An Analysis of Mending Wall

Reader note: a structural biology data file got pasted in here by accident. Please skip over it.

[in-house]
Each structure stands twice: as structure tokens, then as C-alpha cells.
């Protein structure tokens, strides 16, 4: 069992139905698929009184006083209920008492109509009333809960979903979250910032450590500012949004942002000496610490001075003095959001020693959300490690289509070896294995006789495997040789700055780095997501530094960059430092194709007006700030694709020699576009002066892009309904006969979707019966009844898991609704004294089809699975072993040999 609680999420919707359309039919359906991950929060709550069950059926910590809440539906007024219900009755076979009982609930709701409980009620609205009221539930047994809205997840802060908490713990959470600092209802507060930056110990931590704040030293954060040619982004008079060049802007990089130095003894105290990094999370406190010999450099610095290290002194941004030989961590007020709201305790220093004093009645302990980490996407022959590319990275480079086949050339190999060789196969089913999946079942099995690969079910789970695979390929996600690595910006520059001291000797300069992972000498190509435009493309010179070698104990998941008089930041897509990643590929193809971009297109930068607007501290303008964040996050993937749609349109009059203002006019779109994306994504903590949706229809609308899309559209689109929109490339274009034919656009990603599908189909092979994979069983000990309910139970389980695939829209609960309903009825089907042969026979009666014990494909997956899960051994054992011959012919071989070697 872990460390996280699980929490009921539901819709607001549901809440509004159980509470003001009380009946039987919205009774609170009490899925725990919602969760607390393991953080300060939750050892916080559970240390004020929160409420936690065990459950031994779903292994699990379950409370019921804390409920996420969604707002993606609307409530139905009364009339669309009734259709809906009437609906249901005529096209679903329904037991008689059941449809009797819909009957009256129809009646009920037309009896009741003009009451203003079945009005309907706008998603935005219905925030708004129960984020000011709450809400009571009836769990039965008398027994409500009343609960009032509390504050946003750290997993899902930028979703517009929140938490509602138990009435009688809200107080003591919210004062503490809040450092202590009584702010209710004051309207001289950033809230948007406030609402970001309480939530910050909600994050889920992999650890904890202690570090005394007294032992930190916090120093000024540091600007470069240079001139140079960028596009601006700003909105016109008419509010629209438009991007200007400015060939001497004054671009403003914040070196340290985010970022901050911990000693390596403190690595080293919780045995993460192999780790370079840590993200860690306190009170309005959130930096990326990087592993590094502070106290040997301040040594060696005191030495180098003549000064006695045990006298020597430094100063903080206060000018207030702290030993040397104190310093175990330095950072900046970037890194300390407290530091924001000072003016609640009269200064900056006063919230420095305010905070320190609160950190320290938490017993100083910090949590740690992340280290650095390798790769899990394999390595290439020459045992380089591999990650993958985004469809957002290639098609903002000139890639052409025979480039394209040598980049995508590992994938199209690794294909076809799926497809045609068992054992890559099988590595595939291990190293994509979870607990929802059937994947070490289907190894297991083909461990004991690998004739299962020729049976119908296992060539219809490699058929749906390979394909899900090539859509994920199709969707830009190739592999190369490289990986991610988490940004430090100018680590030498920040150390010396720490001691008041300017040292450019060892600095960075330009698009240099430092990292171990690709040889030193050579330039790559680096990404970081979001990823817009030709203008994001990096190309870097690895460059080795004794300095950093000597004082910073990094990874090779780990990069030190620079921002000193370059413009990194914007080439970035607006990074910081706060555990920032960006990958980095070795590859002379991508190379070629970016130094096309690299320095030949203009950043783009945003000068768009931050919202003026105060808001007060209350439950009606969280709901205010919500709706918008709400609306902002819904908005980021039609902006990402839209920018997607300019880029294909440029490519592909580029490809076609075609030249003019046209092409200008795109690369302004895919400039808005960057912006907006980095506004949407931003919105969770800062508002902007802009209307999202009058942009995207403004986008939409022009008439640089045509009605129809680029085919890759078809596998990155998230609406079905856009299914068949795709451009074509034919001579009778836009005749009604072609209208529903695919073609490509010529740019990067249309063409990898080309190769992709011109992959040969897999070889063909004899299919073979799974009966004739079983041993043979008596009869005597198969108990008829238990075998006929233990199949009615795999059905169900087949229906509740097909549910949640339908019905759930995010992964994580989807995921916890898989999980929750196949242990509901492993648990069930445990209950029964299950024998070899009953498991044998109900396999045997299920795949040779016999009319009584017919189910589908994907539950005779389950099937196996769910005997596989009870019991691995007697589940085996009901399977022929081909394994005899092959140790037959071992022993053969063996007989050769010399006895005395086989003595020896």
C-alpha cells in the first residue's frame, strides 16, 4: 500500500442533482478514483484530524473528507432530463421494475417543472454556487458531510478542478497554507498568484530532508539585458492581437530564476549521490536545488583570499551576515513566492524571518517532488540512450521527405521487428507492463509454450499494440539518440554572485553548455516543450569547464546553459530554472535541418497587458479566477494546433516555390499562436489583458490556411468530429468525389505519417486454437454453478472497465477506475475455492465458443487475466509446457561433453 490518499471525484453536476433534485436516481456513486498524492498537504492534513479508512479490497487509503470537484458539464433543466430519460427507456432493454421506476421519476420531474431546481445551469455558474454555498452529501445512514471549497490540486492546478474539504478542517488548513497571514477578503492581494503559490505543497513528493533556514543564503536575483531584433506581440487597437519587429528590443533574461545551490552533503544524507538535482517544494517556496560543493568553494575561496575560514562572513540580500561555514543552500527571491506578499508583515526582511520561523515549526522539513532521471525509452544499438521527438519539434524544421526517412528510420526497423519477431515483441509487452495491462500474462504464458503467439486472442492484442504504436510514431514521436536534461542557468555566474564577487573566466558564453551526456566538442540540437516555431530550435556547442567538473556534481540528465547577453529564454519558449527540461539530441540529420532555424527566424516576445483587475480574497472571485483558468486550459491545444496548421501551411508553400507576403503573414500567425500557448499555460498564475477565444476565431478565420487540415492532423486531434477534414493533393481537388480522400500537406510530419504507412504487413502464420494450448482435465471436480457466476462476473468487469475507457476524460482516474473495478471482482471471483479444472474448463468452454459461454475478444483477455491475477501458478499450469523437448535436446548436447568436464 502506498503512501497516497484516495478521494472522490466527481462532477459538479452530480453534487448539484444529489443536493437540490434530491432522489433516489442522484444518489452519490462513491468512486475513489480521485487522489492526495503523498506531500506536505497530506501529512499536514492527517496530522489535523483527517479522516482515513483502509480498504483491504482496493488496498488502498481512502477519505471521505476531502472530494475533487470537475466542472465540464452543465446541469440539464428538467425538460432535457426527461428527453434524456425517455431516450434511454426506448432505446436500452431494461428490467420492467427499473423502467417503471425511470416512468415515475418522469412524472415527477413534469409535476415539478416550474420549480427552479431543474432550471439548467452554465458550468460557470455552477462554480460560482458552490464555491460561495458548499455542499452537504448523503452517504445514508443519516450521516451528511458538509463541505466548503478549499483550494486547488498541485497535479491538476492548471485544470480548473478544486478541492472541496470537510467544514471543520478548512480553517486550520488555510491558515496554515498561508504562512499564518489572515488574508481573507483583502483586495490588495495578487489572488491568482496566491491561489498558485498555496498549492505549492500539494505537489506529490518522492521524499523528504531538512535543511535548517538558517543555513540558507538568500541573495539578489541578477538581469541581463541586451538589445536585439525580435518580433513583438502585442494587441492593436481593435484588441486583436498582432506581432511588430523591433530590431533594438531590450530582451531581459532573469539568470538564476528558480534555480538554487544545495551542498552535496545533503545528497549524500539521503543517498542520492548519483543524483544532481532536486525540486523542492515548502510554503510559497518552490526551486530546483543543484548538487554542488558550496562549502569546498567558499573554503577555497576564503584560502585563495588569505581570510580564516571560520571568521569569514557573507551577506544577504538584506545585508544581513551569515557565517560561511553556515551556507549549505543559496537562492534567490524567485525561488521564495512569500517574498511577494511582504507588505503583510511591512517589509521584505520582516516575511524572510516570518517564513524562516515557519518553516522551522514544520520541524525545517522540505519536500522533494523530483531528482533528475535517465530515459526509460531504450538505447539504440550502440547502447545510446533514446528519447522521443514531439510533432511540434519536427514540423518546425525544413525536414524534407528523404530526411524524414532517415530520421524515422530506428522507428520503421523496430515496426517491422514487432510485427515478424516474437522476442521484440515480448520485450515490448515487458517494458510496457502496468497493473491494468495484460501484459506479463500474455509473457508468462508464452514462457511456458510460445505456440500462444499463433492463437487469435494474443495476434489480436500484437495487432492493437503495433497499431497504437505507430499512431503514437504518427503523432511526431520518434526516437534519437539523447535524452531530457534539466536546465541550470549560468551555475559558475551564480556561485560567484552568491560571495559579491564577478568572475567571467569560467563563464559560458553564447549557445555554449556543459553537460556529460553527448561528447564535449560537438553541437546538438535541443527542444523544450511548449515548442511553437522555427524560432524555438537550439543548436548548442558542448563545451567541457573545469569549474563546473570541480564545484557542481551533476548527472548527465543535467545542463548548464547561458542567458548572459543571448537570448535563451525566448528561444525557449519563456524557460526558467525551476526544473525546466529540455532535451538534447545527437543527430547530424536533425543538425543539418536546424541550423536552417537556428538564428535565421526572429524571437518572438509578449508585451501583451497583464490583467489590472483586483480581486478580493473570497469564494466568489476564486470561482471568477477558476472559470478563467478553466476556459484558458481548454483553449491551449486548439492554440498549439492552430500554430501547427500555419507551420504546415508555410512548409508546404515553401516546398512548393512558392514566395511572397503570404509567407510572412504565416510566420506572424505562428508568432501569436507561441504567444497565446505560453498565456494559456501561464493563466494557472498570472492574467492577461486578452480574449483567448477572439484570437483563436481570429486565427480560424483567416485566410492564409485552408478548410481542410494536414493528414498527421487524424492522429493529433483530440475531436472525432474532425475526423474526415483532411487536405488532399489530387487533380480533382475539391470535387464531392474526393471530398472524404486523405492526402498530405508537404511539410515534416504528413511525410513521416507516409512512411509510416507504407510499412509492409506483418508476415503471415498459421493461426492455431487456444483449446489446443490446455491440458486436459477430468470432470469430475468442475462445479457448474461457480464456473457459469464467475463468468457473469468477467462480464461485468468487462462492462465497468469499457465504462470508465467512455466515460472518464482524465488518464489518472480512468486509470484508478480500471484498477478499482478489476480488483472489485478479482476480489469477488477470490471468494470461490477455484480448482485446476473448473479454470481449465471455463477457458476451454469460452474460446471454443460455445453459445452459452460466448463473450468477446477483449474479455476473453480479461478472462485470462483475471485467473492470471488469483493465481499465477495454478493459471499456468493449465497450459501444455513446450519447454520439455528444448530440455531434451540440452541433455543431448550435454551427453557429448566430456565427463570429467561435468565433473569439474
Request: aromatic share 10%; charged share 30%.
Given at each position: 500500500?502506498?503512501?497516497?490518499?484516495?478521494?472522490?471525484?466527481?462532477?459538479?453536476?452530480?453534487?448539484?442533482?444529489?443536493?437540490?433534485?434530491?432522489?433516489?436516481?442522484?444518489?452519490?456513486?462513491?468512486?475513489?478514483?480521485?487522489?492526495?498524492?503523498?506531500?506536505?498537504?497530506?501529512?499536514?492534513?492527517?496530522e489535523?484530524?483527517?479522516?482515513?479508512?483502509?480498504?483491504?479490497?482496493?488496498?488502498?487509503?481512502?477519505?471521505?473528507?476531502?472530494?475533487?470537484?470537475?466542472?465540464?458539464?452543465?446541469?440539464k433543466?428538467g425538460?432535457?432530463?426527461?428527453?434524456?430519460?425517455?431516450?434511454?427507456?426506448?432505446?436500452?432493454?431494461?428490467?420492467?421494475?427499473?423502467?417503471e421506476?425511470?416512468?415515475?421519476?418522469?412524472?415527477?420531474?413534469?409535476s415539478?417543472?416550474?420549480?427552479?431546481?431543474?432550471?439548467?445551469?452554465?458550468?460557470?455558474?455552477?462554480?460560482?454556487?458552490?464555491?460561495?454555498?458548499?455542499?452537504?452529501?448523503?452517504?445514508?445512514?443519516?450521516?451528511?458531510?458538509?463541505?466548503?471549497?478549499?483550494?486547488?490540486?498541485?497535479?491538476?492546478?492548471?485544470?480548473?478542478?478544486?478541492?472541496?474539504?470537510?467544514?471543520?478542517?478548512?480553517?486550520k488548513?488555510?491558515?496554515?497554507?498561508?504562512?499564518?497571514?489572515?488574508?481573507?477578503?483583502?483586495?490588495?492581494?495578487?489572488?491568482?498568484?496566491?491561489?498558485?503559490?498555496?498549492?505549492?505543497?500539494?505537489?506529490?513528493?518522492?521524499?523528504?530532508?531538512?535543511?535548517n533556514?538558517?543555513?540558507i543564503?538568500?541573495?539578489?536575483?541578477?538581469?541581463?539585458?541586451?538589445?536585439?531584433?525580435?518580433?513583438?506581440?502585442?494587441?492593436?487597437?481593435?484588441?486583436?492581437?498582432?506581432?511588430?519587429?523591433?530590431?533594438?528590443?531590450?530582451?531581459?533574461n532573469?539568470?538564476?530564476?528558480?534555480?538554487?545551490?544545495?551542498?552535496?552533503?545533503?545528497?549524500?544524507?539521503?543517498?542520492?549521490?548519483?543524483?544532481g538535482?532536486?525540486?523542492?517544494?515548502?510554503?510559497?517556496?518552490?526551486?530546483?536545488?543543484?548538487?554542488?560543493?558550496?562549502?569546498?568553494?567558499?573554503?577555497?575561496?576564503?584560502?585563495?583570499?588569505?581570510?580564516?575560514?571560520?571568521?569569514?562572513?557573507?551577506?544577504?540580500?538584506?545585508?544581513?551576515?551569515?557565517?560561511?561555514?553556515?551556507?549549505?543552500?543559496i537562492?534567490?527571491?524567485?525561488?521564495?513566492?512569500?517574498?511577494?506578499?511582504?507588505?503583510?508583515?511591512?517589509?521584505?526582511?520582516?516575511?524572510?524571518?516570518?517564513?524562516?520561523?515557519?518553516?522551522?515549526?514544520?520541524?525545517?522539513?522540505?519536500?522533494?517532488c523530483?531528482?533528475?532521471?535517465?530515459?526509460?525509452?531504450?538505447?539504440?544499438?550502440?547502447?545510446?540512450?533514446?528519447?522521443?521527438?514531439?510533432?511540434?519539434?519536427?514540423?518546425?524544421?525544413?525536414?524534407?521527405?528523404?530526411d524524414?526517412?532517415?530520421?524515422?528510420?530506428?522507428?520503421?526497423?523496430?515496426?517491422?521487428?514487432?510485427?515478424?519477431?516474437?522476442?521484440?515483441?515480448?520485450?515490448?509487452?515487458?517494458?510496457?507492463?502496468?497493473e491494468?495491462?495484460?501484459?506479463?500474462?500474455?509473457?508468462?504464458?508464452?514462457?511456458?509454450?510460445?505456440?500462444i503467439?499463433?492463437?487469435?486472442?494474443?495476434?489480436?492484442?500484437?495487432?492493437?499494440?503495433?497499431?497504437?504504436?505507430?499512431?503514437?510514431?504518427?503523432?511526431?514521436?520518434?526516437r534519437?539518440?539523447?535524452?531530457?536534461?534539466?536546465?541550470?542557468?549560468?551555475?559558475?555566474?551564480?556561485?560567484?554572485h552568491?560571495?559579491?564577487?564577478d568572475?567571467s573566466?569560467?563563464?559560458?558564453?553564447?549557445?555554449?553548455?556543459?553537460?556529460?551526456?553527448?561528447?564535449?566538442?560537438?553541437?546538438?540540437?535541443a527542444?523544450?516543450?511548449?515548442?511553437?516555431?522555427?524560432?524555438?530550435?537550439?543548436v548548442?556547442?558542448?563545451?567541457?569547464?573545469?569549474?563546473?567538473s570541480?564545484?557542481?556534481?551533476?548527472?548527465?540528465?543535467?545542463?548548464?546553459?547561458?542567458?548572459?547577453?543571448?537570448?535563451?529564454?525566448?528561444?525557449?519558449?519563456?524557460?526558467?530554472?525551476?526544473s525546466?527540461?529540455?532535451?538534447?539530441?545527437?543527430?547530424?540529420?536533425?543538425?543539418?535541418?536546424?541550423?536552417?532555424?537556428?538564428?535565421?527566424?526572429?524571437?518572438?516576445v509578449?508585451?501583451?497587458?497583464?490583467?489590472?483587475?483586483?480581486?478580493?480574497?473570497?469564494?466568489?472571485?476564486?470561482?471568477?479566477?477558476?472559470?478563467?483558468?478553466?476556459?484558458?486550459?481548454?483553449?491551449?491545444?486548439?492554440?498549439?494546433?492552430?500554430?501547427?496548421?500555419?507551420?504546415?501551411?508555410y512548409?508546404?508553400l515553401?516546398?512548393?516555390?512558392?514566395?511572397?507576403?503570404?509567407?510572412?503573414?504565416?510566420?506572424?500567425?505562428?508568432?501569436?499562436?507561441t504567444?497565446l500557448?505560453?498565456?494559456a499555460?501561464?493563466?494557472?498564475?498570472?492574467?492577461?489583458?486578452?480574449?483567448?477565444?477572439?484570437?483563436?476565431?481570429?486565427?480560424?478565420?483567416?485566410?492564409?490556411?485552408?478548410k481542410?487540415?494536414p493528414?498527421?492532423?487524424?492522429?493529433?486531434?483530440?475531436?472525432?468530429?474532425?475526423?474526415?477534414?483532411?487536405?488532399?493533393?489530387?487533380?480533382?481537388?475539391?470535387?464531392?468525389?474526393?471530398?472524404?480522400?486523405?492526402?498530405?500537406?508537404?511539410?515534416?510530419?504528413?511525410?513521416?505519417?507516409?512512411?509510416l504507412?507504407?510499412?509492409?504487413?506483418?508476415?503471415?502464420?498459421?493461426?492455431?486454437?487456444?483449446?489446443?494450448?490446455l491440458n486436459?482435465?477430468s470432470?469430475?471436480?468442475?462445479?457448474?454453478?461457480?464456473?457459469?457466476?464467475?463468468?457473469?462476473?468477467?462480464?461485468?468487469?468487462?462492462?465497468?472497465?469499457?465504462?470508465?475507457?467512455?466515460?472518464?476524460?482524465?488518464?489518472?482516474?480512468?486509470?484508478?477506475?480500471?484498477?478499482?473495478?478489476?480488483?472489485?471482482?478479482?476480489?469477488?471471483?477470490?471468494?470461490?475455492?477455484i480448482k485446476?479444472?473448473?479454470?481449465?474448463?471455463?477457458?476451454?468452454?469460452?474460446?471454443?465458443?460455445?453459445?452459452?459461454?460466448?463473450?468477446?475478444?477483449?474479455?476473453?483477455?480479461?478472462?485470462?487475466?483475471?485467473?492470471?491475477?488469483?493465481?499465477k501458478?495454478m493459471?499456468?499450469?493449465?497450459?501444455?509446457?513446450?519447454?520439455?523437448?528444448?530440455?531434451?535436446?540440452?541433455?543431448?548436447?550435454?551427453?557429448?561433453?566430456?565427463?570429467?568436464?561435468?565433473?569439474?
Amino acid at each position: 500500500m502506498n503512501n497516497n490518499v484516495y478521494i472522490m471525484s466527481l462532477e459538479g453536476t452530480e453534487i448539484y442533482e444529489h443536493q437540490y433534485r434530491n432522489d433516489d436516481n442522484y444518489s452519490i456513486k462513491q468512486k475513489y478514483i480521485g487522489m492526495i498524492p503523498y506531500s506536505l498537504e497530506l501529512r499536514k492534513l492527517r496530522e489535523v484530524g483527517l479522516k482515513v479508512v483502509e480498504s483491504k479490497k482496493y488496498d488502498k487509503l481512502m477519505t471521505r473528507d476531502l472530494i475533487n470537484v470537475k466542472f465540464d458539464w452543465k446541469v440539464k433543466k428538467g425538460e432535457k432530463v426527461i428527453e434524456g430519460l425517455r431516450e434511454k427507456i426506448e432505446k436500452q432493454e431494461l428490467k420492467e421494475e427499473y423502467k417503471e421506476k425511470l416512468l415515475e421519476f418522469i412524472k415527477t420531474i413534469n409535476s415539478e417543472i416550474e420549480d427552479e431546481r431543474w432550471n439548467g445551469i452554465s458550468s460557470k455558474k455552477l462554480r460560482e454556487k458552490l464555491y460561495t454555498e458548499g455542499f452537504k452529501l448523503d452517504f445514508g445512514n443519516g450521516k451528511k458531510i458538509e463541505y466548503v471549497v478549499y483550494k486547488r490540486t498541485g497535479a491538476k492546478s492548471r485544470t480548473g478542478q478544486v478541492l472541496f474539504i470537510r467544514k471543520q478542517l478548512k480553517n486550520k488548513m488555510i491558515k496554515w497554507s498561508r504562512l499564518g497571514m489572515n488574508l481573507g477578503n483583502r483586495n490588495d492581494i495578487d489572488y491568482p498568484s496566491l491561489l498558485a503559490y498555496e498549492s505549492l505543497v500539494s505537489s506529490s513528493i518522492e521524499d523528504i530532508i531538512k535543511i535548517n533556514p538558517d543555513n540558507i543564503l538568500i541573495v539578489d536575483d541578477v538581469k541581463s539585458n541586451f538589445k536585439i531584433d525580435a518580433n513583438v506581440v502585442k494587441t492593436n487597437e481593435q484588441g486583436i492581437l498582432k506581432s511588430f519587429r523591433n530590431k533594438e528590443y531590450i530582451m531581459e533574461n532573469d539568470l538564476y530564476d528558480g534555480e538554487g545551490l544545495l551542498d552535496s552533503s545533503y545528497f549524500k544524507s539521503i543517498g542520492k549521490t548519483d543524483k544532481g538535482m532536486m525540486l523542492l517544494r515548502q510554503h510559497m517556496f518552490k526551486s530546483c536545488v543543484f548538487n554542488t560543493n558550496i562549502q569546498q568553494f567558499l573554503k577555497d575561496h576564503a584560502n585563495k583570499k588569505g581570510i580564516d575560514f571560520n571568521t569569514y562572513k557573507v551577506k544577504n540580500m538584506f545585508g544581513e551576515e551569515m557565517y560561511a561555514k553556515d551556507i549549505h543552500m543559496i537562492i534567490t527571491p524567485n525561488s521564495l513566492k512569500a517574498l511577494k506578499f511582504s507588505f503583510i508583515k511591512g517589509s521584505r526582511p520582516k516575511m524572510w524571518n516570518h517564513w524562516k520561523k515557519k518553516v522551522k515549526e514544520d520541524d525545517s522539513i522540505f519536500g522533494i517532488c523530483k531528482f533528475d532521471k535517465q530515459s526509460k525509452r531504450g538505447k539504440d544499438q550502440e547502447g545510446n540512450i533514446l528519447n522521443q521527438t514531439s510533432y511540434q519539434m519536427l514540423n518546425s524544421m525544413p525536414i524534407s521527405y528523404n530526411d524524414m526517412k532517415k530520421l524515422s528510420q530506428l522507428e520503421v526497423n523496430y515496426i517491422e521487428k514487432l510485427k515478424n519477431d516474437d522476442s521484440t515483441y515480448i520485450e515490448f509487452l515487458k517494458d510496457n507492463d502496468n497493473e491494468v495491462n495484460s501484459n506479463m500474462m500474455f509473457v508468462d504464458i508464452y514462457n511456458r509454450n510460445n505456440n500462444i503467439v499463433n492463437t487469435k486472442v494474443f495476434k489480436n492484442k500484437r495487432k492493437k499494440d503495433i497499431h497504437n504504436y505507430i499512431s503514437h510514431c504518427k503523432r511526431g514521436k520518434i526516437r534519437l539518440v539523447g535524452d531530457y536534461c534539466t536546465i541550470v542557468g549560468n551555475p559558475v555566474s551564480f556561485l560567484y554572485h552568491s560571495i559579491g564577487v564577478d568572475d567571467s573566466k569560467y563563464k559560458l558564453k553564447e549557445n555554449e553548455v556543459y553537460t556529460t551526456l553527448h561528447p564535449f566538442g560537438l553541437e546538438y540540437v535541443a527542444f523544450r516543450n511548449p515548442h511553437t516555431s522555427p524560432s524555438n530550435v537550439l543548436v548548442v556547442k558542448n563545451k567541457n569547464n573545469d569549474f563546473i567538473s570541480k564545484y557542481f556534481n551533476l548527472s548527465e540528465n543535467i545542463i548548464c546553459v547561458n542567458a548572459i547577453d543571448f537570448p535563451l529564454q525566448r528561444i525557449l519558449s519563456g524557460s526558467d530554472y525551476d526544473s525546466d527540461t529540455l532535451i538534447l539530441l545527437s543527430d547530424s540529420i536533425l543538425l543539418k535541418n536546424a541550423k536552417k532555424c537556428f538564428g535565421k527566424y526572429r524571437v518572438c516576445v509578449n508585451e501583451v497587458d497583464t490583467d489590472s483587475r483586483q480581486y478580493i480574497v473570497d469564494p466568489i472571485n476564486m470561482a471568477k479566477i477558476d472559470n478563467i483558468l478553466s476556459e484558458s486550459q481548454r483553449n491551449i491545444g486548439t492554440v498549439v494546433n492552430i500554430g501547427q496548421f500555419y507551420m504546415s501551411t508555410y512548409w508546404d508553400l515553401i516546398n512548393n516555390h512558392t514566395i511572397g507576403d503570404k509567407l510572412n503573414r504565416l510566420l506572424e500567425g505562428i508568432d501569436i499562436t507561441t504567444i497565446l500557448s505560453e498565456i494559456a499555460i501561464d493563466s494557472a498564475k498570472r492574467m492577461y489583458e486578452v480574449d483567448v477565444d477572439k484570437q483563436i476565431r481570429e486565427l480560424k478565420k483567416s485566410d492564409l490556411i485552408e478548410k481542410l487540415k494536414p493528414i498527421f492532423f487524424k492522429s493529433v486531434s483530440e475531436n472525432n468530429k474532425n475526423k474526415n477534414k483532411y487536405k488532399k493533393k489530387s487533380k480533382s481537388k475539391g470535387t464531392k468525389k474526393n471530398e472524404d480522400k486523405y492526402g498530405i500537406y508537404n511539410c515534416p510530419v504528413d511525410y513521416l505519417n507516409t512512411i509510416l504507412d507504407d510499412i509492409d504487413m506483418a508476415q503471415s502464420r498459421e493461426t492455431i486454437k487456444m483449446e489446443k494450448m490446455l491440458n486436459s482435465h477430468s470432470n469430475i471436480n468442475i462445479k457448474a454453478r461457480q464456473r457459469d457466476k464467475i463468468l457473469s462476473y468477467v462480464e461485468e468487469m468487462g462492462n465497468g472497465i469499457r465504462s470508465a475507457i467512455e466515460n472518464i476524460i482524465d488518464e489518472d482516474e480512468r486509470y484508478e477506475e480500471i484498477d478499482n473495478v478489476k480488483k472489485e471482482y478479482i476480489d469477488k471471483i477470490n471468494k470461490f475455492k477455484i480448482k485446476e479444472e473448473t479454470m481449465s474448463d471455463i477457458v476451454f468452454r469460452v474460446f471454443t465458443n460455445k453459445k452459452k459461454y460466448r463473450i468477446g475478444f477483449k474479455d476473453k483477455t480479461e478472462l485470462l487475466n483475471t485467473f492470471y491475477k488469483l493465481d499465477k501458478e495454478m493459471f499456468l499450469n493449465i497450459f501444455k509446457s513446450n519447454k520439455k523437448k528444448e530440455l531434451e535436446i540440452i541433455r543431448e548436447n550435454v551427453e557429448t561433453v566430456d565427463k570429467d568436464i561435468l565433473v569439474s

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An Analysis of Mending Wall Robert Frost once said that "Mending Wall" was a poem that was spoiled by being applied. What did he mean by "applied"? Any poem is damaged by being misunderstood, but that's the risk all poems run. What Frost objects to, I think, is a reduction and distortion of the poem through practical use. When President John F. Kennedy inspected the Berlin Wall he quoted the poem's first line: "Something there is that doesn't love a wall." His audience knew what he meant and how the quotation applied. And on the other side of that particular wall, we can find another example of how the poem has been used. Returning from a visit to Russia late in his life, Frost said, "The Russians reprinted 'Mending Wall' over there, and left that first line off." He added wryly, "I don't see how they got the poem started." What the Russians needed, and so took, was the poem's other detachable statement: "Good fences make good neighbors." They applied what they wanted. "I could've done better for them, probably," Frost said, "for the generality, by saying: Something there is that doesn't love a wall, Something there is that does. "Why didn't I say that?" Frost asked rhetorically. "I didn't mean that. I meant to leave that until later in the poem. I left it there." "Mending Wall" famously contains these two apparently conflicting statements. One begins the poem, the other ends it, and both are repeated twice. Which are we supposed to believe? What does Frost mean? "The secret of what it means I keep," he said. Of course he was being cagey, but not without reason. At a reading given at the Library of Congress in 1962 Frost told this anecdote: In England, two or three years ago, Graham Greene said to me... ... middle of paper ... ...ating a similar moment each time it is encountered. Works Cited and Consulted Barry, Elaine. Robert Frost. New York: Frederick Ungar Publishing Co. 1973. Robert Frost. “Mending Wall.” Making Literature Matter: An Anthology for Readers and Writers. Ed. John Schilb and John Clifford. New York: Bedford/St. Martin’s, 2000. p106-107. Gerber, Philip L. Robert Frost. Ed. Kenneth Eble. Boston: Twayne Publishers. 1982. 124-125 Lentricchia, Frank. Robert Frost: Modern Poetics and the Landscape of Self. Durham: Duke University Press. 1975. 103-107. Zverev, A. A Lover's Quarrel with the World: Robert Frost. 20th Century American Literature: A Soviet View. Translated by Ronald Vroon. Progress Publishers. 1976. 241-260. Rpt. in World Literature Criticism. Vol. 2. Ed. James P. Draper. Detroit: Gale Research Inc. 1992. 1298-1299.
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